Oregon Fishing Trips

What To Expect On Your Fishing Trip

Most of our trips originate out of the small Oregon coastal town of Pacific City, which is where the Nestucca River dumps into the ocean. Steelhead begin entering our Tillamook County rivers in early December. Our “early” run fish are mostly of hatchery origin and average 6-8 lbs, the peak for these hatchery fish is usually from mid Dec thru the first week of January. We also see some larger native/wild steelhead during the months of Dec-Jan. The later run is about 50/50 wild steelhead and hatchery “broodstock” steelhead. These “broodstock” fish are offspring of wild parents, most of the steelhead we see during Feb - April are 8-12 lbs (28-32”) with a fair number in the teens. The later return is the larger in total numbers as well as higher quality fish. Peak time is usually late Feb thru March, however, river conditions play a larger role than a calendar date. Regulations allow retaining 2 “fin clipped” (hatchery) steelhead per day. All wild steelhead must be released unharmed, however, I will gladly assist in capturing the moment by camera before releasing these prized fish”.

A typical day is meeting guests at the lodging in Pacific City (hotel or rental house) around 6:30 am, a short 15 minute drive to the local tackle shop to arrange shuttle and get any needed food & drinks. (Coffee and water is supplied by Anderson’s Outdoors and shore lunch can be provided at additional cost). Depending on launch locations, we are usually on the water about 7 am. Typical “full day” float trip will be off the water between 3-5 pm. I don’t look at my watch and end at 7-8 hrs everyday. Any fish retained will be cleaned or filleted at no additional cost. For guests staying overnight in Pacific City, several restaurants are close ranging from local neighborhood bars & grill, Mexican, BBQ, and an upscale brewery/restaurant on the beach with one of the best sunset locations in Oregon.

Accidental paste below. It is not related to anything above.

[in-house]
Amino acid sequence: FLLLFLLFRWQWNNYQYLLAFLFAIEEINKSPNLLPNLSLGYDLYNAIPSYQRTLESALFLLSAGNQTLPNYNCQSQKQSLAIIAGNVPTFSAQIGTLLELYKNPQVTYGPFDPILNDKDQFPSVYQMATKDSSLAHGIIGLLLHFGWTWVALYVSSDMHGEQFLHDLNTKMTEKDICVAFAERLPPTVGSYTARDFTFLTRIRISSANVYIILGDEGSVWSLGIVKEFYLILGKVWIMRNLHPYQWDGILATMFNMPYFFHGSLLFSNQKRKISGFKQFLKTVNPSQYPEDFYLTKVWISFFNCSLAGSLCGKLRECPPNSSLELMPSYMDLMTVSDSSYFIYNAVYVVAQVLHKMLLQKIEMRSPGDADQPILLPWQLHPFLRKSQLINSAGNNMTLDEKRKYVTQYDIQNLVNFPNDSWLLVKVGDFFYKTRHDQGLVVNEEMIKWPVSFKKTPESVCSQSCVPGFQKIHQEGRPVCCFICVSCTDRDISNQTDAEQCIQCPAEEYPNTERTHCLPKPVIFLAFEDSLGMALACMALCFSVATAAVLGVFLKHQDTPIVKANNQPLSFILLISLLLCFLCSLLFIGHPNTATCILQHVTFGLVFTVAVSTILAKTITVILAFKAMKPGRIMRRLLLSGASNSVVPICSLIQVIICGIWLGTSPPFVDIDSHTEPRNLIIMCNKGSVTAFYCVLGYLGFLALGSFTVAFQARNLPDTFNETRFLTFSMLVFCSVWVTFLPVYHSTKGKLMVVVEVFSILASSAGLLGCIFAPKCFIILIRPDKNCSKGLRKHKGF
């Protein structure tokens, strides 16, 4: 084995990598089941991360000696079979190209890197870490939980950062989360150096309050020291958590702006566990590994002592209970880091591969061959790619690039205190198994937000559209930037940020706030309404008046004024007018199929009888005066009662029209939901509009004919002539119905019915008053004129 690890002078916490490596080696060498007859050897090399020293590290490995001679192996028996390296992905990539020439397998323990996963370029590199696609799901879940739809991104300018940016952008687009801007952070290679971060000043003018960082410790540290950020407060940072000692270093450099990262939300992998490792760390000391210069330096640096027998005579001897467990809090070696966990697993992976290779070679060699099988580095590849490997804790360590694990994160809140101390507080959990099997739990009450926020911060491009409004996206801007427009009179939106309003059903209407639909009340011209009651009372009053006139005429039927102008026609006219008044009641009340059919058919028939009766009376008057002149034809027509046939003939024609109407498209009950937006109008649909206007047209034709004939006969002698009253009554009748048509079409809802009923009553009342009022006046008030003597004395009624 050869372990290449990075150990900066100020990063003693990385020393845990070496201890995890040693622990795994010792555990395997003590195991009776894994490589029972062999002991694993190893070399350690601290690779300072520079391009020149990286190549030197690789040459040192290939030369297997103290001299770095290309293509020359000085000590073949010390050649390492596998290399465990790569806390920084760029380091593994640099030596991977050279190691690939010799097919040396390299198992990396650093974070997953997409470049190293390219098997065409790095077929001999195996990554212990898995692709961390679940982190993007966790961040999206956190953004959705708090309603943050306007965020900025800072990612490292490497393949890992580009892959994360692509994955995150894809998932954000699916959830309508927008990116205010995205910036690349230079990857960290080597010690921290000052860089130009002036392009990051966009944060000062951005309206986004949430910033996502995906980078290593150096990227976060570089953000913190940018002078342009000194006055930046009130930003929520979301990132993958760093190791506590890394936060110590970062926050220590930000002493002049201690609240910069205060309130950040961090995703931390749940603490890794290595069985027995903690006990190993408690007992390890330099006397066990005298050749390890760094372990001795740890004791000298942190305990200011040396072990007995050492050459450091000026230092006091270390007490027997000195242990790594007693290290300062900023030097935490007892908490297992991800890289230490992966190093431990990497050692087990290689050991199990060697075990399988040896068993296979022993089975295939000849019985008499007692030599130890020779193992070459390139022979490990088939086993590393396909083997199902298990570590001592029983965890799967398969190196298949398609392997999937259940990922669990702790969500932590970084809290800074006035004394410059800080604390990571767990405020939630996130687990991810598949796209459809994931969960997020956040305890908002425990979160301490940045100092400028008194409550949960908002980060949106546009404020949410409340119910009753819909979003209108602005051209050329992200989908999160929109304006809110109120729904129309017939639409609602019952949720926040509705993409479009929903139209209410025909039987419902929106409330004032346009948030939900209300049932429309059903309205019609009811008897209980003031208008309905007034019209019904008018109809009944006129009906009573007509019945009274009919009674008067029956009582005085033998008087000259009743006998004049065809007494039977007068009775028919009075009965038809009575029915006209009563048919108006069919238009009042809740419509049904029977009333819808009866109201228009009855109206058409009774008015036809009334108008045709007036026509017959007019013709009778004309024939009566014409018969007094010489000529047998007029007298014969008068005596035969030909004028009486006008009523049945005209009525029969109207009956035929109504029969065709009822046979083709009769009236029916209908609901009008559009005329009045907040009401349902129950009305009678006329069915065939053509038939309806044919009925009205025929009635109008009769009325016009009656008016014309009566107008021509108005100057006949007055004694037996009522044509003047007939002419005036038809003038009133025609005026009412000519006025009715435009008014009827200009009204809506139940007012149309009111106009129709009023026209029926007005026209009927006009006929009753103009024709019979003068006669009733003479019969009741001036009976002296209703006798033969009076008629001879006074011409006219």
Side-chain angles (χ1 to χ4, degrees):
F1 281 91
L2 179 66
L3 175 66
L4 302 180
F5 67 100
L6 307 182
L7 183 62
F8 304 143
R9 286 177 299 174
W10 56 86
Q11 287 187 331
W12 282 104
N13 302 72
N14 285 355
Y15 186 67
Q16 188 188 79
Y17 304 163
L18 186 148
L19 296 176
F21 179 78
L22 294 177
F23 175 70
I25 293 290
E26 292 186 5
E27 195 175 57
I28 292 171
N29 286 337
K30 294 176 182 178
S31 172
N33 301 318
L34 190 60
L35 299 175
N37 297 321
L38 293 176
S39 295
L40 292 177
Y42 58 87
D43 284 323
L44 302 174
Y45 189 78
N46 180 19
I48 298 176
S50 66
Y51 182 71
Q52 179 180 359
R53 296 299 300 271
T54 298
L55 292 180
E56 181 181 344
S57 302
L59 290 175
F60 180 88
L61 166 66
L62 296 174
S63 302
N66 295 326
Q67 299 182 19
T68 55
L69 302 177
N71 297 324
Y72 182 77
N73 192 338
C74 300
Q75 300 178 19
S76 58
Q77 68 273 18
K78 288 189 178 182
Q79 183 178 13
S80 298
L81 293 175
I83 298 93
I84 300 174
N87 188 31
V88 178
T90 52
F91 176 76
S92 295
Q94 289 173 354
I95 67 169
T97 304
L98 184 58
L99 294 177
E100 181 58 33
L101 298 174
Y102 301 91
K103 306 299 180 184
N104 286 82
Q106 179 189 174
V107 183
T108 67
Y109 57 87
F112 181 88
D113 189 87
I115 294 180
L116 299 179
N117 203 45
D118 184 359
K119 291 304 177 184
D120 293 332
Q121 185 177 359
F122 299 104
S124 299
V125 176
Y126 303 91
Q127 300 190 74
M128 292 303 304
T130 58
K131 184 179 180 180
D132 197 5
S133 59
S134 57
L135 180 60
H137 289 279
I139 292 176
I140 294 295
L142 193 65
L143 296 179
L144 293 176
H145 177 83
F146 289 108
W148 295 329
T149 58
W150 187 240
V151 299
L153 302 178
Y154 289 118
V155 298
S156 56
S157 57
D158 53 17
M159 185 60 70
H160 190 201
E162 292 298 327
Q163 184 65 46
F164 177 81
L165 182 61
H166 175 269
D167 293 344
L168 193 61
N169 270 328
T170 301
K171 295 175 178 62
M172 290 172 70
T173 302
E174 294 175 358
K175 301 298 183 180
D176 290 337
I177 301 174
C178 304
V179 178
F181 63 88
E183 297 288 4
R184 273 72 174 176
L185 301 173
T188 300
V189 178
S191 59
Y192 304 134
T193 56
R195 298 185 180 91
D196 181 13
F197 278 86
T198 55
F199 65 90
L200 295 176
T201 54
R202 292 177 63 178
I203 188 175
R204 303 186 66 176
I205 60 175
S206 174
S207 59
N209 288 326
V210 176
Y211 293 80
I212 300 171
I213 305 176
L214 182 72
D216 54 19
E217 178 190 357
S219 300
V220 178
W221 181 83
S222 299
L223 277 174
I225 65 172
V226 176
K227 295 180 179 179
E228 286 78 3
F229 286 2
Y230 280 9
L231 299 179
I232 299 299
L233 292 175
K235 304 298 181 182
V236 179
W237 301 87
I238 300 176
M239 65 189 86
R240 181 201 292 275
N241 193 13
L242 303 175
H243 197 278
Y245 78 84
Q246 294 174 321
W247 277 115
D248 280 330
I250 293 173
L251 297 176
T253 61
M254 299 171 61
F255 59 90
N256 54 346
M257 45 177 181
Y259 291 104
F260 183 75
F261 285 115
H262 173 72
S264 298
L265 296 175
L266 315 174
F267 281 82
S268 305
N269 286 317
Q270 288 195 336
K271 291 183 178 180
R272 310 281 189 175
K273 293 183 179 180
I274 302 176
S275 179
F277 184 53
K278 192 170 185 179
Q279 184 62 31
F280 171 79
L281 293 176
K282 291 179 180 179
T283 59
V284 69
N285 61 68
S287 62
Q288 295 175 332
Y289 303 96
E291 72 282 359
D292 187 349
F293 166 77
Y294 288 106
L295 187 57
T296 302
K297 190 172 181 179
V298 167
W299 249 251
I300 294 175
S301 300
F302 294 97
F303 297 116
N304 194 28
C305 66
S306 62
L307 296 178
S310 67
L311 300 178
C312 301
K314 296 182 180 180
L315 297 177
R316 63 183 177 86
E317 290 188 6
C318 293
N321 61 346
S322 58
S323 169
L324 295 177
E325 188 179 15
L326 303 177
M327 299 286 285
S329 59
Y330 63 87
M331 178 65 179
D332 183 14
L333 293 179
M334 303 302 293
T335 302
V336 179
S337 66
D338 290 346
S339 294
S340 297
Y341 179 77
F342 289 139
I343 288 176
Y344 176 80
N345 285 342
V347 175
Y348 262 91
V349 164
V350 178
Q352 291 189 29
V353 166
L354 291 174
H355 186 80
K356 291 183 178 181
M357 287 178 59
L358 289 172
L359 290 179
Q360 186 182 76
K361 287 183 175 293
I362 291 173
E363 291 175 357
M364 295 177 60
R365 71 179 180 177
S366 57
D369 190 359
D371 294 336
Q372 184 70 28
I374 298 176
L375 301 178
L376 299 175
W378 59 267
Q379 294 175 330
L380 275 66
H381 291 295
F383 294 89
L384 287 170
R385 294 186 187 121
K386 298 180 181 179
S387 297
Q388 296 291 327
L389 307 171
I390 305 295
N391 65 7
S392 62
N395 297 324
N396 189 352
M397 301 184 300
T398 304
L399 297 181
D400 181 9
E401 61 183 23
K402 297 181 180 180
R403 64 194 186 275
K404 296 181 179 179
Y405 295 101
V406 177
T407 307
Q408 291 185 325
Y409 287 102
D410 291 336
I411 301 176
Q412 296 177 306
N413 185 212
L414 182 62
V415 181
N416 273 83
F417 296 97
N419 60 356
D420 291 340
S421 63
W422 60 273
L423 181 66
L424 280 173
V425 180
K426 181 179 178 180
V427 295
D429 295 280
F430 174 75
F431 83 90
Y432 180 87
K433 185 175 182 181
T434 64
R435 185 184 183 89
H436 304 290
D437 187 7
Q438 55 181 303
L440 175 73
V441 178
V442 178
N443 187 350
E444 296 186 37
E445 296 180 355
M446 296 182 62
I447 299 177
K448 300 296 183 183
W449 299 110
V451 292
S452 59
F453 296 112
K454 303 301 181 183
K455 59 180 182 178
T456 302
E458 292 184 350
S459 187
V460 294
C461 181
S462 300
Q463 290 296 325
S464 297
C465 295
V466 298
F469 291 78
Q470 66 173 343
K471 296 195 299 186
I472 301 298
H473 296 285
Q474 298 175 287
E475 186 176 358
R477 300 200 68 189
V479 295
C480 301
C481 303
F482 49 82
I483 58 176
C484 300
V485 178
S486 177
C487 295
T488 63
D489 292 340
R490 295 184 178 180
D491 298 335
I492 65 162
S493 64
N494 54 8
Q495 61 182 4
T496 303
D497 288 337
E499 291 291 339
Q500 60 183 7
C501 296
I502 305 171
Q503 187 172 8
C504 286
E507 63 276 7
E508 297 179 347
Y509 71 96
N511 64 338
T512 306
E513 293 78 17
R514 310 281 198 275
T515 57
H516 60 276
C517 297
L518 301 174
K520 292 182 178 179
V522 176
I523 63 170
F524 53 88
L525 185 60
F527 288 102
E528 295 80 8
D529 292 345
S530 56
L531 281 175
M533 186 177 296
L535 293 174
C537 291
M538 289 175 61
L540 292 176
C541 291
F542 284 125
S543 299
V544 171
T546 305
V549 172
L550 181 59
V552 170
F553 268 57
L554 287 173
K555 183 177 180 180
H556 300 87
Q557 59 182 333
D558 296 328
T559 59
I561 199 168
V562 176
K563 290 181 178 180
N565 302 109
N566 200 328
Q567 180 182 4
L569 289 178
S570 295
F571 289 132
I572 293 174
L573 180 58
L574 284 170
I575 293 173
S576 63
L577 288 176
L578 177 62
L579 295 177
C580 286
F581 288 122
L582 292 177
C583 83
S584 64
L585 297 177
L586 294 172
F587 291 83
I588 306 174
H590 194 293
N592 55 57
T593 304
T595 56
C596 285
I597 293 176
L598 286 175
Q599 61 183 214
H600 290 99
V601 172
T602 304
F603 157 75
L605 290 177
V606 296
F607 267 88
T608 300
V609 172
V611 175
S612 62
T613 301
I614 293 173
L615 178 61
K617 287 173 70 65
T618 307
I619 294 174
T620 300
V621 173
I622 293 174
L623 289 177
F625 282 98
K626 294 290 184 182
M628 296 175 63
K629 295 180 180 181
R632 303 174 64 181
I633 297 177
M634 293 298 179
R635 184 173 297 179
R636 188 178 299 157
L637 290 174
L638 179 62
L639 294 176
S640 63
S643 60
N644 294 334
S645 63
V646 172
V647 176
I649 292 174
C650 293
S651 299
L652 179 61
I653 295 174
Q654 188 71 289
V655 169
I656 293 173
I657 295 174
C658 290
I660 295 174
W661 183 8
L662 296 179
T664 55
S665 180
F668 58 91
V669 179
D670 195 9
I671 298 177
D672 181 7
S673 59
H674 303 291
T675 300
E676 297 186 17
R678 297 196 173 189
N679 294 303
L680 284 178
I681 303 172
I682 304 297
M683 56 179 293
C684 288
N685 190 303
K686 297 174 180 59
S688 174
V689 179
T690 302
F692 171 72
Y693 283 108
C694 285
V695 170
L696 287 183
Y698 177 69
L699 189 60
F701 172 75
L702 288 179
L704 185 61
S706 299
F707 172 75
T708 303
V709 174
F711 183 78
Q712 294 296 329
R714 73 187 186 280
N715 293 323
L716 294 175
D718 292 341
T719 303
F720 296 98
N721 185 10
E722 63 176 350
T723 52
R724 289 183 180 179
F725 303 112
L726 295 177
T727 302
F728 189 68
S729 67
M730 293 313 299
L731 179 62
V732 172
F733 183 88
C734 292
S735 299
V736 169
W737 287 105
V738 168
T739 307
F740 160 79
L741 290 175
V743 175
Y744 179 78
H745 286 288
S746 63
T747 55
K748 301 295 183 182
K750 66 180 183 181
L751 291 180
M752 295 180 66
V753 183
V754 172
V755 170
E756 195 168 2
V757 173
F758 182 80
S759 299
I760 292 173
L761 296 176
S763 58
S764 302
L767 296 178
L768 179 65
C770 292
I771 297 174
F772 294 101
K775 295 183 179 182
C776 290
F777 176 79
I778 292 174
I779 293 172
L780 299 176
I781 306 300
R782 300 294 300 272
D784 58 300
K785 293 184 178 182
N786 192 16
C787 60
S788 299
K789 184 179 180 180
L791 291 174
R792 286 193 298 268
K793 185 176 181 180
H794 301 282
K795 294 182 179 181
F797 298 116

Our main techniques to catch steelhead is an active fishing method called “side drifting”. We use light action 9-9.5 foot rods with 8-10 lb line. Anglers will be casting all day, feeling the grab and setting the hook. We employ this technique either bouncing lead on the bottom or casting and watching a bobber. We use cured salmon roe, yarn balls or jigs. We also will back troll diving plugs under certain water conditions. I provide all gear, tackle and bait, however, I do not mind if an angler prefers to bring and use their own gear. Fly fishing is another option but you will need to provide your own equipment, fly fishing technique is primarily similar to nymphing using yarn balls or plastic beads. I have had some success “swinging” flies for winter steelhead but catch rate is much lower.

Fish We Catch





Oregon Steelhead Fishing

Oregon is home to a strain of Rainbow trout that migrate to the ocean and return to our rivers as 6-20+ lb beauties known as "Steelhead". Steelhead can be found in local rivers year around. We start seeing winter steelhead (primarily of hatchery origin) in late November and they run well into April. Spring steelhead (primarily native fish) can be caught from December through April with the peak in March. Summer steelhead show in late March and run into October. Many agree that Oregon steelhead are one of the most exhilarating fish species to catch.